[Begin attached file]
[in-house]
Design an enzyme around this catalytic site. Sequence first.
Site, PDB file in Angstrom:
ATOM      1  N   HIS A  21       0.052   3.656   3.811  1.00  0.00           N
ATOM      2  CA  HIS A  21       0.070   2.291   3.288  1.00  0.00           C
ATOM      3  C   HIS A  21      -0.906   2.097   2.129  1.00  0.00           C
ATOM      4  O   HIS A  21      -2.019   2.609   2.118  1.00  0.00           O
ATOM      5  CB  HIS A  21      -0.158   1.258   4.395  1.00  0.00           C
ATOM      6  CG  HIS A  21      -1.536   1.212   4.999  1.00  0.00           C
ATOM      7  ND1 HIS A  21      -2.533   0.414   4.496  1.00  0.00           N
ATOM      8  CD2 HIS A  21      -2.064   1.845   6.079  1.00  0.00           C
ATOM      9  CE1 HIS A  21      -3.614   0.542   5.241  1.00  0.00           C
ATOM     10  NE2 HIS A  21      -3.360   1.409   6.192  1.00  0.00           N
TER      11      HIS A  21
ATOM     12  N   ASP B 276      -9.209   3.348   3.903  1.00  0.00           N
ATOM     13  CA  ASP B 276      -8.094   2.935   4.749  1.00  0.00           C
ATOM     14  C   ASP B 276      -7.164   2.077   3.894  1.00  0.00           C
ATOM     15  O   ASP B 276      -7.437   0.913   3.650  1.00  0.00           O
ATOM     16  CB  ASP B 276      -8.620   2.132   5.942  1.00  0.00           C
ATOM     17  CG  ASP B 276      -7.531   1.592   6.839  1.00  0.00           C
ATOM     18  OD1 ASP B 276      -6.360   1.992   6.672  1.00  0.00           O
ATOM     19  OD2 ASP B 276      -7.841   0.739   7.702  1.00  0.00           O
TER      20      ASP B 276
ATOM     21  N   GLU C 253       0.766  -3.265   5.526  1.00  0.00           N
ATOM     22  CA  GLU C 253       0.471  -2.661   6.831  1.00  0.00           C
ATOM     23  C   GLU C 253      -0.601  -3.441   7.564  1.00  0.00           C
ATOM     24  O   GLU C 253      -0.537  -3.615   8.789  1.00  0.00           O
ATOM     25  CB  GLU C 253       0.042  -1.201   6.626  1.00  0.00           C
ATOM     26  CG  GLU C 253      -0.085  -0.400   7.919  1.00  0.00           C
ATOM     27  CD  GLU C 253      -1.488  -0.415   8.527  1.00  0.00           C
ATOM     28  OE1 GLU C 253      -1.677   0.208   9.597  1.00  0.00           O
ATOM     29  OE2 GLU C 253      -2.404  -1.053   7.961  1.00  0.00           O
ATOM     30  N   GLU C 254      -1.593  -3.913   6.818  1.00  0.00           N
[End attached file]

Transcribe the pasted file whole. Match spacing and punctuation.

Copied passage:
[in-house]
Design an enzyme around this catalytic site. Sequence first.
Site, PDB file in Angstrom:
ATOM      1  N   HIS A  21       0.052   3.656   3.811  1.00  0.00           N
ATOM      2  CA  HIS A  21       0.070   2.291   3.288  1.00  0.00           C
ATOM      3  C   HIS A  21      -0.906   2.097   2.129  1.00  0.00           C
ATOM      4  O   HIS A  21      -2.019   2.609   2.118  1.00  0.00           O
ATOM      5  CB  HIS A  21      -0.158   1.258   4.395  1.00  0.00           C
ATOM      6  CG  HIS A  21      -1.536   1.212   4.999  1.00  0.00           C
ATOM      7  ND1 HIS A  21      -2.533   0.414   4.496  1.00  0.00           N
ATOM      8  CD2 HIS A  21      -2.064   1.845   6.079  1.00  0.00           C
ATOM      9  CE1 HIS A  21      -3.614   0.542   5.241  1.00  0.00           C
ATOM     10  NE2 HIS A  21      -3.360   1.409   6.192  1.00  0.00           N
TER      11      HIS A  21
ATOM     12  N   ASP B 276      -9.209   3.348   3.903  1.00  0.00           N
ATOM     13  CA  ASP B 276      -8.094   2.935   4.749  1.00  0.00           C
ATOM     14  C   ASP B 276      -7.164   2.077   3.894  1.00  0.00           C
ATOM     15  O   ASP B 276      -7.437   0.913   3.650  1.00  0.00           O
ATOM     16  CB  ASP B 276      -8.620   2.132   5.942  1.00  0.00           C
ATOM     17  CG  ASP B 276      -7.531   1.592   6.839  1.00  0.00           C
ATOM     18  OD1 ASP B 276      -6.360   1.992   6.672  1.00  0.00           O
ATOM     19  OD2 ASP B 276      -7.841   0.739   7.702  1.00  0.00           O
TER      20      ASP B 276
ATOM     21  N   GLU C 253       0.766  -3.265   5.526  1.00  0.00           N
ATOM     22  CA  GLU C 253       0.471  -2.661   6.831  1.00  0.00           C
ATOM     23  C   GLU C 253      -0.601  -3.441   7.564  1.00  0.00           C
ATOM     24  O   GLU C 253      -0.537  -3.615   8.789  1.00  0.00           O
ATOM     25  CB  GLU C 253       0.042  -1.201   6.626  1.00  0.00           C
ATOM     26  CG  GLU C 253      -0.085  -0.400   7.919  1.00  0.00           C
ATOM     27  CD  GLU C 253      -1.488  -0.415   8.527  1.00  0.00           C
ATOM     28  OE1 GLU C 253      -1.677   0.208   9.597  1.00  0.00           O
ATOM     29  OE2 GLU C 253      -2.404  -1.053   7.961  1.00  0.00           O
ATOM     30  N   GLU C 254      -1.593  -3.913   6.818  1.00  0.00           N